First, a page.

It is Sunday and our time in Champagne has come to an end. I am currently sitting on one of the only trains going from Reims to Paris today. The strikes are hitting the rail road hard, but we were lucky enough to secure seats. Soon we will see how the capital of France is coping with the upcoming events and a flooding Seine. I must say I was a bit worried before the trip about all the fuss, but being here everything has just fallen in place. And of course, bad weather and transport issues meant significantly less tourists. Continue reading “Wineweek 82: A Postcard From Champagne”
This morning we are embarking on a trip. A trip that I have been waiting for a long time. We are traveling to Paris, and then to the heart of Champagne, Epernay. Oh, how I have been waiting for this trip! I have been to Champagne only once, and that was a more official visit to the Terres & Vins champagne exhibition. We arrived to Reims on a Sunday, so most of the places we wanted to visit were closed. We were only able to visit one winery, G.H. Mumm. This time around though, we will be visiting masses of Champagne houses. Our trip is however shadowed by ongoing strikes in France as well as the high security associated to the Football European Championships. Not to mention that they weatherman has forecasted rain for the duration of our whole trip. We have been on alert all weekend, in case we needed to cancel everything. It is a bit difficult to move around in the countryside if there is a shortage of fuel (we are planning to use taxies). We are also intending to take the high speed train back to Paris on Sunday.
Exactly a year ago, I was in Reims, and I was excited. We had just spent all day at the grower champagne fair: Terres & Vins de Champagne. This year, we decided not to go. Frankly because we do not really see ourselves expanding to champagne right now. The monopoly is already really good with the French bubbly, and we will not be able to compete. We will rather focus on what we are great at, which is cava. Continue reading “Remembering Reims”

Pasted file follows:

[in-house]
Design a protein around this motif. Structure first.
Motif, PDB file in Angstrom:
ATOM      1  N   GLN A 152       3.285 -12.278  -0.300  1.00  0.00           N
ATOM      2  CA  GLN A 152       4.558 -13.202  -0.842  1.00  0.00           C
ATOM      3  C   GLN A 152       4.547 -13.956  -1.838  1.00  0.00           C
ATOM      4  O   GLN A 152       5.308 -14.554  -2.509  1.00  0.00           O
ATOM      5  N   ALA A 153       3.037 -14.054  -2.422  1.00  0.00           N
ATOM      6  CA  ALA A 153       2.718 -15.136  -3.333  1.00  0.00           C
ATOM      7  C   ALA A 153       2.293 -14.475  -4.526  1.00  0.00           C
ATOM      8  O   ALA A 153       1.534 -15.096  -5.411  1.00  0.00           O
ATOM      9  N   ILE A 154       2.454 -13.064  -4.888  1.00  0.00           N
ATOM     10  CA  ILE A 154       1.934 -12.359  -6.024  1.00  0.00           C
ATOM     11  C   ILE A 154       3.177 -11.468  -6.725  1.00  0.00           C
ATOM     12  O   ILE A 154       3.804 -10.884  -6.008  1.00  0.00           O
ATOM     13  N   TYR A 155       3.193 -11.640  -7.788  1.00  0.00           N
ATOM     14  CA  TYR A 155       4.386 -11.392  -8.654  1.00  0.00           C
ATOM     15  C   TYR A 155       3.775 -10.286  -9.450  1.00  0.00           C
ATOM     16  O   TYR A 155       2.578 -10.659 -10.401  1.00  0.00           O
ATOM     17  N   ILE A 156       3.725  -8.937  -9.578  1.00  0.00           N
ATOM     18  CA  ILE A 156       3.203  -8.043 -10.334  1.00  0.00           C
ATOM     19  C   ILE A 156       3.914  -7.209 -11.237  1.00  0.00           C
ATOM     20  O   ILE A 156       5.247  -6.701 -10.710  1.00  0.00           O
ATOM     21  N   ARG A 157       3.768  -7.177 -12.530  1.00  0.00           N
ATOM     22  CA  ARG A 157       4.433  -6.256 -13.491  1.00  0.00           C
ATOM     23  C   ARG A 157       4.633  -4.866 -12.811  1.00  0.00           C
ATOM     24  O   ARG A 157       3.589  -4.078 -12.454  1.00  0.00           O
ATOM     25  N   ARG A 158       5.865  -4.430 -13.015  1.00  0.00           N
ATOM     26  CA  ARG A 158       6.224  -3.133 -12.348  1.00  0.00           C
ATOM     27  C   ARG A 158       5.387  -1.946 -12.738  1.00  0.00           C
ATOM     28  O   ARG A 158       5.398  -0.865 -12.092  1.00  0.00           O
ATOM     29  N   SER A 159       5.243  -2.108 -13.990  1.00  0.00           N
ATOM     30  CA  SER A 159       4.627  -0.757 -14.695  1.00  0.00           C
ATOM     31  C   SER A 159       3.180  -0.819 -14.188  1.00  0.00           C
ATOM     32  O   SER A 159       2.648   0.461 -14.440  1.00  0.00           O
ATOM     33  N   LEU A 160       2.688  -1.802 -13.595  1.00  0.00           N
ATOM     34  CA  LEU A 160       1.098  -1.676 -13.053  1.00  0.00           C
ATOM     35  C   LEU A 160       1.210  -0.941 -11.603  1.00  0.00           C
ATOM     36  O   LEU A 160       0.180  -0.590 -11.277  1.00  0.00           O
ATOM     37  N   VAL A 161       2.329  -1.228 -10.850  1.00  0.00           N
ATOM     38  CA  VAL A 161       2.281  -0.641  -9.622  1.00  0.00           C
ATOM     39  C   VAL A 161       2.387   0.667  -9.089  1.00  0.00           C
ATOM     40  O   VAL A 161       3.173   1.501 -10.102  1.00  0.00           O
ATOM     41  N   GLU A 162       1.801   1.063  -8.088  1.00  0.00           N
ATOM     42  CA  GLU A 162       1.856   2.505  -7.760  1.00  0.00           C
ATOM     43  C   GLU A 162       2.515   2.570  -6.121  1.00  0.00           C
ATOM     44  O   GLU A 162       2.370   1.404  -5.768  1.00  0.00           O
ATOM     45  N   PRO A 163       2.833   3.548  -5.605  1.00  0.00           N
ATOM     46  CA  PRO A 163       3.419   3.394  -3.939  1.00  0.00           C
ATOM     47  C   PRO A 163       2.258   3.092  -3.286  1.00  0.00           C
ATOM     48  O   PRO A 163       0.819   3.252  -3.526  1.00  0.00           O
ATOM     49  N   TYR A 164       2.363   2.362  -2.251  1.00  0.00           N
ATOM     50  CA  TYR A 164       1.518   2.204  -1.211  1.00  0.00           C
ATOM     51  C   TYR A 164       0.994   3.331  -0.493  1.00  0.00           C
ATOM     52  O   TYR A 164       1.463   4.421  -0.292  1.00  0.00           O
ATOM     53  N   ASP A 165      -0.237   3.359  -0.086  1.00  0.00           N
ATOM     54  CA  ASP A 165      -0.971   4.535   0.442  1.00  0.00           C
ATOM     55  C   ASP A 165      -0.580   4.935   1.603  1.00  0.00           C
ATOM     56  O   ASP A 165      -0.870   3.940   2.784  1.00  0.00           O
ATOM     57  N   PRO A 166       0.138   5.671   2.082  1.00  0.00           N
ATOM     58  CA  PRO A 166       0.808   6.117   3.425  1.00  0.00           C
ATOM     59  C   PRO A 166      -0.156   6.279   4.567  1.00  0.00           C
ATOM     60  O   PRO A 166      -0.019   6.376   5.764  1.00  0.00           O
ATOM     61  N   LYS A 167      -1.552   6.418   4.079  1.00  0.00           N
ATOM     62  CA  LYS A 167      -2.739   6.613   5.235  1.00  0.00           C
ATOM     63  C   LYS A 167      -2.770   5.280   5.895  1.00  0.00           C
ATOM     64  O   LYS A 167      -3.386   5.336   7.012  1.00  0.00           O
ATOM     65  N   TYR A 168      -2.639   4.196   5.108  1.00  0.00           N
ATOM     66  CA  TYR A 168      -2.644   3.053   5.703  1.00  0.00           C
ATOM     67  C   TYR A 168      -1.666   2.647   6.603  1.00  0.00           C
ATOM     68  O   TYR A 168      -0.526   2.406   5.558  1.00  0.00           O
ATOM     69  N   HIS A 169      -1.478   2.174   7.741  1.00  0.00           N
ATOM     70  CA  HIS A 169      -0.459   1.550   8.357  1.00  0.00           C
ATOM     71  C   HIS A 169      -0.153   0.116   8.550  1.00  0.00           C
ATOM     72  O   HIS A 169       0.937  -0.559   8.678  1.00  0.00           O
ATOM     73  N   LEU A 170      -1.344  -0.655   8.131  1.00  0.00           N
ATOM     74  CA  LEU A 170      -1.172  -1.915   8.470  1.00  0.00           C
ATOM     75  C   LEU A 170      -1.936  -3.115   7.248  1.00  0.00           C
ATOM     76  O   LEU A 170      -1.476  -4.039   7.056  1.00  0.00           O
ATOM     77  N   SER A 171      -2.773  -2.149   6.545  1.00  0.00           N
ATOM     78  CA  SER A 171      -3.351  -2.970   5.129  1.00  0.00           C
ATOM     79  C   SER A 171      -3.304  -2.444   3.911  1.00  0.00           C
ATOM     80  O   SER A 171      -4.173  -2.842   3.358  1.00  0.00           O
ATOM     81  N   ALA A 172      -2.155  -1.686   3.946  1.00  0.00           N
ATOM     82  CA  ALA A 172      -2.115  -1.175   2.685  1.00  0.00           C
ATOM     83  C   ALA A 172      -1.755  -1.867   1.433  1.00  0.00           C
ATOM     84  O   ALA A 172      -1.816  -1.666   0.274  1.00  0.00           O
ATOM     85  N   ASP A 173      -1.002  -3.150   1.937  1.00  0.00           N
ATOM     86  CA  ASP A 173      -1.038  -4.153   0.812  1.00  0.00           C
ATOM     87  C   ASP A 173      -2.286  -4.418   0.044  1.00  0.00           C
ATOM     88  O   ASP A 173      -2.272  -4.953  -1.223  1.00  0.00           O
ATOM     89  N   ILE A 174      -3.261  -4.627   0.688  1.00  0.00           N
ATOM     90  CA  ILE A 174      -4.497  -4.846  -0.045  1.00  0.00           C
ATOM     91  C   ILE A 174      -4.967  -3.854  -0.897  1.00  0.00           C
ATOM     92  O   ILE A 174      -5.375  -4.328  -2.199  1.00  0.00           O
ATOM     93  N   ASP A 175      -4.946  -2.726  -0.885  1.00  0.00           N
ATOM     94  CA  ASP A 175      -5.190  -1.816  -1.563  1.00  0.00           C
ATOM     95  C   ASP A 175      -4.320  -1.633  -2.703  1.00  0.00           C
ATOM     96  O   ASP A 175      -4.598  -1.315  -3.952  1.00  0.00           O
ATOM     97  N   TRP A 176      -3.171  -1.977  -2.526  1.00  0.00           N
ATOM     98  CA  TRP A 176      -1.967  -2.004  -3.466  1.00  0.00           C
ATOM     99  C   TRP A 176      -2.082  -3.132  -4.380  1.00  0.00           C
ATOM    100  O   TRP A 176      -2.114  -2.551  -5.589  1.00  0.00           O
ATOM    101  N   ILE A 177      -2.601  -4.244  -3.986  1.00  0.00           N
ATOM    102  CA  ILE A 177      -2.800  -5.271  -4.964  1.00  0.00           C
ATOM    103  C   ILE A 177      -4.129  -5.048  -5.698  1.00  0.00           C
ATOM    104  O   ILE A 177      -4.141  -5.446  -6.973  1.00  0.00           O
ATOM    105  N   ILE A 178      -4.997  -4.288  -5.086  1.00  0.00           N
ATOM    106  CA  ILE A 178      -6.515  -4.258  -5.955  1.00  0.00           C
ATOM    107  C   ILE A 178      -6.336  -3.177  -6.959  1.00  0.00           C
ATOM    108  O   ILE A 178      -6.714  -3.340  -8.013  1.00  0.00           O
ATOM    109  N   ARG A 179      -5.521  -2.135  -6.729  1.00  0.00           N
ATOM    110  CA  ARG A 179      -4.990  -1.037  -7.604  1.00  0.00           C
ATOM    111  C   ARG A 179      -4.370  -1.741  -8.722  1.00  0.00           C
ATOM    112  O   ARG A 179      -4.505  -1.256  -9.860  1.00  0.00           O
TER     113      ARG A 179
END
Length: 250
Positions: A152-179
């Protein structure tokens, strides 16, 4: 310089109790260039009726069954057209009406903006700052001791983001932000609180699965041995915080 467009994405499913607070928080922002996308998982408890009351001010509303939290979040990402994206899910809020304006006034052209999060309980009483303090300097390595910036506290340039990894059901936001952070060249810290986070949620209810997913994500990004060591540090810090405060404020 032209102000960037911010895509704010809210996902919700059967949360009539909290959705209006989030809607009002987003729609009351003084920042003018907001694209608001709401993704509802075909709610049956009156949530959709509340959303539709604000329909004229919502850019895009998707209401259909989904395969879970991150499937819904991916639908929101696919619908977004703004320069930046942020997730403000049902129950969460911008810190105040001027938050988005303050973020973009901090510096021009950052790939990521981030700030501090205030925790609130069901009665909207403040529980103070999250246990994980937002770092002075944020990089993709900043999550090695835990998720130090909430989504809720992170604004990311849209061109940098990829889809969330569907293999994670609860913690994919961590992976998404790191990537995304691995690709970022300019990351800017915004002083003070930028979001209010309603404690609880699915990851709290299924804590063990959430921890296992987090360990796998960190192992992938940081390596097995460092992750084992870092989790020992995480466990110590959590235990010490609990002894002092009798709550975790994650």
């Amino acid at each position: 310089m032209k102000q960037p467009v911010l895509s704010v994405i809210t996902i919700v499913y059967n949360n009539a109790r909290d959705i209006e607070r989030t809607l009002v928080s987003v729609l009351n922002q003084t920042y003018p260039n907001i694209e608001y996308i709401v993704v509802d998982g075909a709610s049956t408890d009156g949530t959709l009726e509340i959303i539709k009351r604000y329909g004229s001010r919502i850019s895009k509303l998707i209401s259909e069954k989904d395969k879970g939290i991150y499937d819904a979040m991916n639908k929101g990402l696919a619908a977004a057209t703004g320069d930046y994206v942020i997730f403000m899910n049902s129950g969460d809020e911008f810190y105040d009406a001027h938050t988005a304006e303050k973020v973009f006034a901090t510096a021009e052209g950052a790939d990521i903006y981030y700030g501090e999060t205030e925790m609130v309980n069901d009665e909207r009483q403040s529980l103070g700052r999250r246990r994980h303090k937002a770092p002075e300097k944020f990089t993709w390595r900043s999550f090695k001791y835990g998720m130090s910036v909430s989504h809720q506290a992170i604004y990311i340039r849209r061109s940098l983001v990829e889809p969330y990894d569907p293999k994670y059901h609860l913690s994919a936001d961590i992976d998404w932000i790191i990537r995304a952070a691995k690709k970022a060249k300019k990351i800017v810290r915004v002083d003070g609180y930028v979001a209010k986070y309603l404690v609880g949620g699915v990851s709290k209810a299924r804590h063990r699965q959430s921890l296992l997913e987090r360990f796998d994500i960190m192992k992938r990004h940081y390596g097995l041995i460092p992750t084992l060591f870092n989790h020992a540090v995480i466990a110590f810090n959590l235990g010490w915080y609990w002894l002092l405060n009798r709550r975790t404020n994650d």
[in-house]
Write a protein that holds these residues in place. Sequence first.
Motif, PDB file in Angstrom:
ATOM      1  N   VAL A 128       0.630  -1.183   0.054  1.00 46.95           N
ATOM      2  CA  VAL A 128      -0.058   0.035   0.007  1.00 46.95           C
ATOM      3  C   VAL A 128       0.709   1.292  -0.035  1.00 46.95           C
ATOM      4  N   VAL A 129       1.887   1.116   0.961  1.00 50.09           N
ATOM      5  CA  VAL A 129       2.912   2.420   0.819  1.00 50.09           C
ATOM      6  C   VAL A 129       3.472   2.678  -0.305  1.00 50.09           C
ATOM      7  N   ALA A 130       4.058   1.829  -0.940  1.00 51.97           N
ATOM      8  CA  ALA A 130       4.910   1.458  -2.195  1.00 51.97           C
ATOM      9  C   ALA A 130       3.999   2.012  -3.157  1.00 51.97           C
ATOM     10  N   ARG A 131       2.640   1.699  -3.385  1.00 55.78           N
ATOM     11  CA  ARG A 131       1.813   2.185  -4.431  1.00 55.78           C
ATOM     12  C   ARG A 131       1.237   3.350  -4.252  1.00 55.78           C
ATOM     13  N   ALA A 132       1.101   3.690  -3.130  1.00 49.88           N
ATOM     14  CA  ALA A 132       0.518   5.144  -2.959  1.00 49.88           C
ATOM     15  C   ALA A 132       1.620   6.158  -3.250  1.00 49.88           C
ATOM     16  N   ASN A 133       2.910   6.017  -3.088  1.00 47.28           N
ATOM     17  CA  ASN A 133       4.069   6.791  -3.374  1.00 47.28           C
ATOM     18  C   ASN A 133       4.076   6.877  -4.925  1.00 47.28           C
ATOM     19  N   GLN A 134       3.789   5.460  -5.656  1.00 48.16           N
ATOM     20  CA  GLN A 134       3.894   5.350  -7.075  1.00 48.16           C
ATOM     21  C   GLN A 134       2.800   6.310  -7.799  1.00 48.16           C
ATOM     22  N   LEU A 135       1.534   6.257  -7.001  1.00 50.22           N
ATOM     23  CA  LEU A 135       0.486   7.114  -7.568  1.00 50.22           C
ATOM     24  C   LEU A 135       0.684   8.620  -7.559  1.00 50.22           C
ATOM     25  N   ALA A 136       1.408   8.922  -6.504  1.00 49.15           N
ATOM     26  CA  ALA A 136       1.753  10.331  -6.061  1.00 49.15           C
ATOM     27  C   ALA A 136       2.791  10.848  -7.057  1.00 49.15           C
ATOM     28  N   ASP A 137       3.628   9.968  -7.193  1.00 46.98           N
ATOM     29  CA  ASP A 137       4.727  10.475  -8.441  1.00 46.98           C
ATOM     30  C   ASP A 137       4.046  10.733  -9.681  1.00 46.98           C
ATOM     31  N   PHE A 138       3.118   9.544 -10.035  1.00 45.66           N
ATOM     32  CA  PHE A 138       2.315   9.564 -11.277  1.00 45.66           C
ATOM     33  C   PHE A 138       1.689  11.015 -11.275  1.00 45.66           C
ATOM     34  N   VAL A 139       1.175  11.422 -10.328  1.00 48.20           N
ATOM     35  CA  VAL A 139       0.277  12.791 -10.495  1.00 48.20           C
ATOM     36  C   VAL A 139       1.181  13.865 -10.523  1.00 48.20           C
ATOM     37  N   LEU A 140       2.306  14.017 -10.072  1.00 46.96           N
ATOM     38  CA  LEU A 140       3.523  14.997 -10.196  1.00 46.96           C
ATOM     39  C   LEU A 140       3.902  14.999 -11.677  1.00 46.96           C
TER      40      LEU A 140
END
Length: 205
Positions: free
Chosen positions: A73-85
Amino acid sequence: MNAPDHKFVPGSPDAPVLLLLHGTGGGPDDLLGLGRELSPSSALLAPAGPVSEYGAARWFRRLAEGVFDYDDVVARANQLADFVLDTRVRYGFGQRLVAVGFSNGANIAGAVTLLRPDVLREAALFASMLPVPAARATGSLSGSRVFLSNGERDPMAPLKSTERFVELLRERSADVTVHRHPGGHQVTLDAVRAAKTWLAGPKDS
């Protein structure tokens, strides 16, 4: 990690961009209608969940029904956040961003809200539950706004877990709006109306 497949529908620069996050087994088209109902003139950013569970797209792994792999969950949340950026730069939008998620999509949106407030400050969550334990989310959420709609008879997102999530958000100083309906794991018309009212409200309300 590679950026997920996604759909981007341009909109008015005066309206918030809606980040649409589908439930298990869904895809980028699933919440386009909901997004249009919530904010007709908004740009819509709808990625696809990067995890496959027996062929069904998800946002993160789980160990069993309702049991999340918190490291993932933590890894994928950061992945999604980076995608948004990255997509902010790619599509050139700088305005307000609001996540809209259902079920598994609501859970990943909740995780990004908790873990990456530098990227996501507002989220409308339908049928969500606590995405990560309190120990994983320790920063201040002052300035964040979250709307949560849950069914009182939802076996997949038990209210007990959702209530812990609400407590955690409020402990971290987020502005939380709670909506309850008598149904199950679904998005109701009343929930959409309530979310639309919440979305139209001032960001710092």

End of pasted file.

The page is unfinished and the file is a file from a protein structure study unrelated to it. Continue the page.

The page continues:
I don’t think that I have disclosed this piece of news yet, drumroll… we are going to Champagne in June! I can barely sit still when thinking about it. We will travel to Paris and Reims on the 2nd of June (or maybe even on the first if I can change my flights) and return on the 6th. The 6th is actually the National day of Sweden, so it is an extra day off. The trip will be short, but that does not matter. We are going to Champagne!! Continue reading “In the Heartland of Chardonnay”
A year has passed. Where did all that time go? I must have done something during these 52 weeks.. Looking at the statistics, we have posted 266 times, had around 7000 views (that’s of course quite small, many bogs have more in an hour) and 1000 visitors. So we must have done a lot. For my 52nd Wineweek, I thought I would mention the most popular posts of the year, as well as my personal favorites.
It is finally Friday and I am in the mood for some champagne-talk. So reminiscing our visit to Chateau Les Crayeres seems like the topic to take up today. Les Crayeres is a Chateau, a hotel and a restaurant located close to the center of Reims right next to Vranken Pommery. Sounds fancy? That it is, but also a pretty good place to stop by for a glass of bubbly. Regardless of the shiny exterior, it is a relaxed and warm environment to sip on your champagne.
It was a few weeks back, a warm and sunny Sunday afternoon in Reims. We were walking around getting a feel for the city and taking the opportunity to tour some champagne houses (the few ones that were open). We had been walking all day, mainly because the other option was taking a taxi, and with the last drips of energy we headed towards Les Crayeres located on the “other side” of the small town. We got a little lost on the way, which added to the tiredness, but finally found our way to the mansion.
Exhausted after our walk, we were shown to the inner yard, the terrace of Le Rotonde Bar. The view was amazing, like from a movie. A beautiful garden, black iron tables and chairs and an international crowd sipping bubbly with posh staff trotting around. All sweaty from the long walk I felt slightly out of place, but what the hell, I was thirsty for bubbles.
The champagne list was not long, however it was interesting. They had the Jaquesson 737 NV as their basic cuvee, a Henriot Rose Millesime 2008 and a few other interesting vintages by the glass. We did not even browse the list for full bottles, but I can imagine it being long. We opted for the first two, Jaquesson and Henriot and sat down to relax on the sunny terrace. The service was spotless and our champagne tasted like a million dollars. All was well!